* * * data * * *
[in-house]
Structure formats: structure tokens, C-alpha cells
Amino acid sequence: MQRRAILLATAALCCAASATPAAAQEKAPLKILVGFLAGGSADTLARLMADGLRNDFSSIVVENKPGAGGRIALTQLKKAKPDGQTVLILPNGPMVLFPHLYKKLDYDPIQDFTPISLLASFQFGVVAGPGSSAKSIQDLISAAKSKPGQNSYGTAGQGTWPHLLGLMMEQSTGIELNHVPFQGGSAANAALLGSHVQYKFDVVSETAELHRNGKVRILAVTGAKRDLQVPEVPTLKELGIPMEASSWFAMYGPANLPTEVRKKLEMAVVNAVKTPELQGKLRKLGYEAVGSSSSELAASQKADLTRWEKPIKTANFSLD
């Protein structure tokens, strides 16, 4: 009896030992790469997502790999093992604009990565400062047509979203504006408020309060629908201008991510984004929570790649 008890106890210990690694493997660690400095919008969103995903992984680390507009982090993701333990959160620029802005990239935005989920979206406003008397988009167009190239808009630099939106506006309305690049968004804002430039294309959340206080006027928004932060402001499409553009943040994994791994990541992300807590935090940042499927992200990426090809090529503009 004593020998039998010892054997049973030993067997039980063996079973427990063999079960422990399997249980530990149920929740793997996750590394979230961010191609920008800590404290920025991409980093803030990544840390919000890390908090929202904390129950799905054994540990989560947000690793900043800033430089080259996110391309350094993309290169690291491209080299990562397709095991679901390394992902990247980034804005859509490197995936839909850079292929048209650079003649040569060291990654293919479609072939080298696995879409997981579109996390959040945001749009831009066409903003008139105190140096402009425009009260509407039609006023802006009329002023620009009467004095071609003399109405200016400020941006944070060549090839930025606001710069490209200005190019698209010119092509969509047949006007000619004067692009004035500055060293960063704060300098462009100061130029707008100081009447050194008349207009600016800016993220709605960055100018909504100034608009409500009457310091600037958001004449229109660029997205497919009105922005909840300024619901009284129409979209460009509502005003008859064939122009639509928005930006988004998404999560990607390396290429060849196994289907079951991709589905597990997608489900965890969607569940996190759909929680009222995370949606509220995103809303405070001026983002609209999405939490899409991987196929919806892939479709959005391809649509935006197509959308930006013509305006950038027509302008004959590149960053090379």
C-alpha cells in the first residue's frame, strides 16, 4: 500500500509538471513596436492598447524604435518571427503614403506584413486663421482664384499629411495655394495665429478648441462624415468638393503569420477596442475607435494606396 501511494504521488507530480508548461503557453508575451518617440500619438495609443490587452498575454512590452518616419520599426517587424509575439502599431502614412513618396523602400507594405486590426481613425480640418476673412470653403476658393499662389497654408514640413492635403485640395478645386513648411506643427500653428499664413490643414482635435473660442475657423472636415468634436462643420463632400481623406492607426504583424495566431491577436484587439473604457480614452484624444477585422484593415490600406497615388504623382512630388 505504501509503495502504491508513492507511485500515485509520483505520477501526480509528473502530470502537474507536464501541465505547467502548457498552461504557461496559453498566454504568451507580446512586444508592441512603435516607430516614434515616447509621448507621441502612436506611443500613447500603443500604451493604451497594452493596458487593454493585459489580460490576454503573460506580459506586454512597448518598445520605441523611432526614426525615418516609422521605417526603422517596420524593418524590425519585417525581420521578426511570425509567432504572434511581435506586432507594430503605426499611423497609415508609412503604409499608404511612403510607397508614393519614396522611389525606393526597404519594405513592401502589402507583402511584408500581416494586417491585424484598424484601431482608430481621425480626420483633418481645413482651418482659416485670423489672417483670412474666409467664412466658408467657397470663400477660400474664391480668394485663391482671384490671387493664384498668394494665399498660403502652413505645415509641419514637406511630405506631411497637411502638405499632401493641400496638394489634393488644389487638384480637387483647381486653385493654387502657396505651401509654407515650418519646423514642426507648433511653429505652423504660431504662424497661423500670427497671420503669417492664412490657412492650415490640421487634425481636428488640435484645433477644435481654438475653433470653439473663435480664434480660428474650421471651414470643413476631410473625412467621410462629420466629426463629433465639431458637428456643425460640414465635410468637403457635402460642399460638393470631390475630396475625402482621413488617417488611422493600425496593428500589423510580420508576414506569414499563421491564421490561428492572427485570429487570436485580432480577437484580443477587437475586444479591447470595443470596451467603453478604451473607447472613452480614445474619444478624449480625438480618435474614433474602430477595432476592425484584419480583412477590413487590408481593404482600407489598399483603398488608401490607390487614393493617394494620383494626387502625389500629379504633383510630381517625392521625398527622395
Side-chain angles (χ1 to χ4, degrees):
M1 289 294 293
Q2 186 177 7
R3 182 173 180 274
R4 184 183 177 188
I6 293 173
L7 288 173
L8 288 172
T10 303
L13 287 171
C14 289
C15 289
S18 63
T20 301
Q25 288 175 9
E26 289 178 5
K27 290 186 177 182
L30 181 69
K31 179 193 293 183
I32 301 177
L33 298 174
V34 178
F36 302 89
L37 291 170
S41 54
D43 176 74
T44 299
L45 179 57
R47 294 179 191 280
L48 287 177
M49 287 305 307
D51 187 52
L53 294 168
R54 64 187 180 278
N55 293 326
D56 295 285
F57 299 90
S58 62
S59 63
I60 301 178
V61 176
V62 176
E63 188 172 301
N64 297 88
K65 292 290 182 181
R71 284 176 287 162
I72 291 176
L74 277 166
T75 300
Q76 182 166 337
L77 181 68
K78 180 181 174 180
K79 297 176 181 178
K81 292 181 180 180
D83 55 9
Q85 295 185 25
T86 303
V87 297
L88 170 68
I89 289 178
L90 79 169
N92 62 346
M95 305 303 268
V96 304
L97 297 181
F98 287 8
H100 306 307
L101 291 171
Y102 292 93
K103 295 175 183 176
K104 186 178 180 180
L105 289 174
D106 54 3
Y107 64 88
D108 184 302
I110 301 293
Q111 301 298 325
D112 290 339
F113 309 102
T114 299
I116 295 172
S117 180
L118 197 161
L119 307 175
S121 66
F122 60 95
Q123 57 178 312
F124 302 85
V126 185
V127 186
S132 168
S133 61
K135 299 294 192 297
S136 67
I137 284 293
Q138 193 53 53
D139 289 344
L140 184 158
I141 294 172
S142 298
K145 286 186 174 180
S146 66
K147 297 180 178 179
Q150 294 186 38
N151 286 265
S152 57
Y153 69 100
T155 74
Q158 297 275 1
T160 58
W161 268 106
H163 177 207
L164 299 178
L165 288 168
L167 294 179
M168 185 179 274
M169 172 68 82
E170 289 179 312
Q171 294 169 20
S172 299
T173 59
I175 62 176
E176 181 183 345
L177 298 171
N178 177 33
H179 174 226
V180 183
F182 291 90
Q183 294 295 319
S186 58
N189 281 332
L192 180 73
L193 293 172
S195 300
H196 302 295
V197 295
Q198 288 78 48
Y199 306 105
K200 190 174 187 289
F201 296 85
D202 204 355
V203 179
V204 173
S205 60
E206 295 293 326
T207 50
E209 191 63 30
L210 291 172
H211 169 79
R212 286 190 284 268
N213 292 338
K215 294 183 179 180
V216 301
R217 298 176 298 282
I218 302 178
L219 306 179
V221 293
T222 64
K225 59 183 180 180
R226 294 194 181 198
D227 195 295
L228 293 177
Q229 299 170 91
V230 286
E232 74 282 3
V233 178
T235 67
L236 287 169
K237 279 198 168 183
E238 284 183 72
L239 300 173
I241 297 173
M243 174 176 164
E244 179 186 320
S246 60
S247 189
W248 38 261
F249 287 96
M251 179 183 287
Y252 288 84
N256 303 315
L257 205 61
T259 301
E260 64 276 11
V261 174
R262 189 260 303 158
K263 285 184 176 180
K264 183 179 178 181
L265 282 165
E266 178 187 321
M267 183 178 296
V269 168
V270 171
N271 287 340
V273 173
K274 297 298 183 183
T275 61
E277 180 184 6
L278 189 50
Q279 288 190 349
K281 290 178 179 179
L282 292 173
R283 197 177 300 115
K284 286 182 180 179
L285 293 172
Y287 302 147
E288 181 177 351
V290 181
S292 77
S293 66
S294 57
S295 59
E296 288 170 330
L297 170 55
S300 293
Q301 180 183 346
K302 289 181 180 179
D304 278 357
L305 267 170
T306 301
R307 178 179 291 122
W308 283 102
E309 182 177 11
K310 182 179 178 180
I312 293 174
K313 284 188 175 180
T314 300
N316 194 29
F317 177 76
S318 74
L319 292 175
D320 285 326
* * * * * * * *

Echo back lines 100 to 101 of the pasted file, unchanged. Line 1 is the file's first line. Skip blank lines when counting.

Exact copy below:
I137 284 293
Q138 193 53 53